How 21 Famous Architects Sketch Humans

Long before Photoshop files of people were a dime a dozen, architects had to draw their own scale figures.

You’ve probably noticed that in most architectural renderings today, the people populating the images look eerily similar. Noor Makkiya, an architectural designer, argues that design tools like Photoshop and the ease of cutting and pasting imagery have robbed architectural depictions of their ontological layer.


“True architects since the early centuries used human figures not only to describe the quantity and the quality of the environment but also for deeper purposes of study and expression,” she writes on her website. “Architects project themselves into the human figure. So if we compare drawings from different architects, we frequently find differences in body shape and body activity, for practicing architects often represent their own ideologies as a reference for understanding the human physical condition.”

In her series called Figures, Makkiya corralled 21 different depictions of the human body–from classical architects such as Leonardo da Vinci and Gian Lorenzo Bernini, to modernist masters such as Mies and Oscar Niemeyer, and contemporary practitioners such as Frank Gehry and SANAA. These sketches show the architects’ building styles and philosophies at a glance: Le Corbusier’s obsession with the Modulor proportion systems based on the height of a man; De Stijl artist and architect Theo van Doesburg’s use of geometric shapes to compose a human; Gehry’s scribbles mimic his frenetic buildings.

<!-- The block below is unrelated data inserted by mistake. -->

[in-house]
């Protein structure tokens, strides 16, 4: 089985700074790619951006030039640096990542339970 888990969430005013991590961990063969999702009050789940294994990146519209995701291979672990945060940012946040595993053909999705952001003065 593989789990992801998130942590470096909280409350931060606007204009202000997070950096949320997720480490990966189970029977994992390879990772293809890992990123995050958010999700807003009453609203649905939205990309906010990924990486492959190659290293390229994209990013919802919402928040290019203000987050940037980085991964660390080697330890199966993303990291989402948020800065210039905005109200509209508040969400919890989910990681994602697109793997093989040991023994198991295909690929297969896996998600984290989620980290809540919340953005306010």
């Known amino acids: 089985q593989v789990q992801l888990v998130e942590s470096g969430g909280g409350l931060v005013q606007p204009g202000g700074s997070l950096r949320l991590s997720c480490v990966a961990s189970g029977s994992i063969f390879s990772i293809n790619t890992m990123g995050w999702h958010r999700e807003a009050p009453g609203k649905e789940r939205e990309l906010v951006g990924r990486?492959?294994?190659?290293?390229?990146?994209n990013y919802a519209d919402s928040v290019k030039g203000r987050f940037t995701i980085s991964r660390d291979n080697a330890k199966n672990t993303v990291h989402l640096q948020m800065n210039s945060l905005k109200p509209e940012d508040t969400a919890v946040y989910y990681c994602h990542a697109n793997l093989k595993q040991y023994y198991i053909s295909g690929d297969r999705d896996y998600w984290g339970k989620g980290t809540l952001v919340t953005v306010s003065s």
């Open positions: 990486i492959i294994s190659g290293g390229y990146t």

All of the sketches have a story to tell, according to Makkiya, but a few are especially symbolic. “Léon Krier sketched a human figure as a messy system of street highways, arguing the effect of the auto industry on the city and urban design,” she says. “The Smithsons‘ figures are considered significant, because they were the first who used the revolutionary technique of collaging human figures cut from newspapers, the initial steps of Photoshop. I personally love Oscar Niemeyer’s smooth lines when he draws the female in the foreground of his renderings—if you see the whole sketch you can see the same smooth, curvy lines in his architecture.”

I, for one, am especially fond of Steven Holl‘s watercolor. He famously begins every project with a painting and that artistry and sensitivity remains infused in the completed works, such as this house and gallery in Korea inspired by a musical score. See the whole Figures series in the slide show above.

About the author

Diana Budds is a New York–based writer covering design and the built environment.